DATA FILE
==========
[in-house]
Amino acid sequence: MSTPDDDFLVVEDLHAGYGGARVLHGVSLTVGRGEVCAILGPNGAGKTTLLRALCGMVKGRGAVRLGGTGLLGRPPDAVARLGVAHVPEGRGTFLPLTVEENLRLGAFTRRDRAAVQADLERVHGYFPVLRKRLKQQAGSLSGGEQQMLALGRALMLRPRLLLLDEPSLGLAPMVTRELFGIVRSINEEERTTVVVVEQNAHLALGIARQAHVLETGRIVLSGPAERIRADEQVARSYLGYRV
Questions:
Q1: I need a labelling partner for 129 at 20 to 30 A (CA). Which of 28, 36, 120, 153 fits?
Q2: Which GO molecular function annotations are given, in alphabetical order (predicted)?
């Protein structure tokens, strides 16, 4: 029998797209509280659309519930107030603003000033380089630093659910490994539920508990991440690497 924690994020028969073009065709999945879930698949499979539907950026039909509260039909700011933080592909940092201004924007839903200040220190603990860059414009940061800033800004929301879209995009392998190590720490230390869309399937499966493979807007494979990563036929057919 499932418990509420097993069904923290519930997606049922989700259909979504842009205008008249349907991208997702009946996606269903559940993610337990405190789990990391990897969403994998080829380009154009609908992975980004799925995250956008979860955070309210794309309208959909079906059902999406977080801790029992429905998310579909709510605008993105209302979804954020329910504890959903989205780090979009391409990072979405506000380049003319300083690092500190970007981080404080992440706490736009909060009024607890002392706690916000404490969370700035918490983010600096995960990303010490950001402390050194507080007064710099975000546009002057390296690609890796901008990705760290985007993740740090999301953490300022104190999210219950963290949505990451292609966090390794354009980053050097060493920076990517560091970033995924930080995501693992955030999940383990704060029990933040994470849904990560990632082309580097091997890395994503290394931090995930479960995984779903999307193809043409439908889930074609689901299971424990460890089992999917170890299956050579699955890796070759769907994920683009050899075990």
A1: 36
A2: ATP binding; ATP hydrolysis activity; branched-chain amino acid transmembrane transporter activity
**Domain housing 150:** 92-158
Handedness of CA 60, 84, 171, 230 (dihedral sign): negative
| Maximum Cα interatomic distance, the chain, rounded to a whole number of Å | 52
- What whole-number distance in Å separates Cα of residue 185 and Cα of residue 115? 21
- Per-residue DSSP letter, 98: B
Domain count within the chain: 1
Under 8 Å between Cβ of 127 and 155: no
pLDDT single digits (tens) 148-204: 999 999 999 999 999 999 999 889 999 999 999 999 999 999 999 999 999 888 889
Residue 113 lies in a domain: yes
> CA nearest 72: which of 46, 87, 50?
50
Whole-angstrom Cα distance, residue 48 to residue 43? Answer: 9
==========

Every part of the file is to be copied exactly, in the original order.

[in-house]
Amino acid sequence: MSTPDDDFLVVEDLHAGYGGARVLHGVSLTVGRGEVCAILGPNGAGKTTLLRALCGMVKGRGAVRLGGTGLLGRPPDAVARLGVAHVPEGRGTFLPLTVEENLRLGAFTRRDRAAVQADLERVHGYFPVLRKRLKQQAGSLSGGEQQMLALGRALMLRPRLLLLDEPSLGLAPMVTRELFGIVRSINEEERTTVVVVEQNAHLALGIARQAHVLETGRIVLSGPAERIRADEQVARSYLGYRV
Questions:
Q1: I need a labelling partner for 129 at 20 to 30 A (CA). Which of 28, 36, 120, 153 fits?
Q2: Which GO molecular function annotations are given, in alphabetical order (predicted)?
């Protein structure tokens, strides 16, 4: 029998797209509280659309519930107030603003000033380089630093659910490994539920508990991440690497 924690994020028969073009065709999945879930698949499979539907950026039909509260039909700011933080592909940092201004924007839903200040220190603990860059414009940061800033800004929301879209995009392998190590720490230390869309399937499966493979807007494979990563036929057919 499932418990509420097993069904923290519930997606049922989700259909979504842009205008008249349907991208997702009946996606269903559940993610337990405190789990990391990897969403994998080829380009154009609908992975980004799925995250956008979860955070309210794309309208959909079906059902999406977080801790029992429905998310579909709510605008993105209302979804954020329910504890959903989205780090979009391409990072979405506000380049003319300083690092500190970007981080404080992440706490736009909060009024607890002392706690916000404490969370700035918490983010600096995960990303010490950001402390050194507080007064710099975000546009002057390296690609890796901008990705760290985007993740740090999301953490300022104190999210219950963290949505990451292609966090390794354009980053050097060493920076990517560091970033995924930080995501693992955030999940383990704060029990933040994470849904990560990632082309580097091997890395994503290394931090995930479960995984779903999307193809043409439908889930074609689901299971424990460890089992999917170890299956050579699955890796070759769907994920683009050899075990």
A1: 36
A2: ATP binding; ATP hydrolysis activity; branched-chain amino acid transmembrane transporter activity
**Domain housing 150:** 92-158
Handedness of CA 60, 84, 171, 230 (dihedral sign): negative
| Maximum Cα interatomic distance, the chain, rounded to a whole number of Å | 52
- What whole-number distance in Å separates Cα of residue 185 and Cα of residue 115? 21
- Per-residue DSSP letter, 98: B
Domain count within the chain: 1
Under 8 Å between Cβ of 127 and 155: no
pLDDT single digits (tens) 148-204: 999 999 999 999 999 999 999 889 999 999 999 999 999 999 999 999 999 888 889
Residue 113 lies in a domain: yes
> CA nearest 72: which of 46, 87, 50?
50
Whole-angstrom Cα distance, residue 48 to residue 43? Answer: 9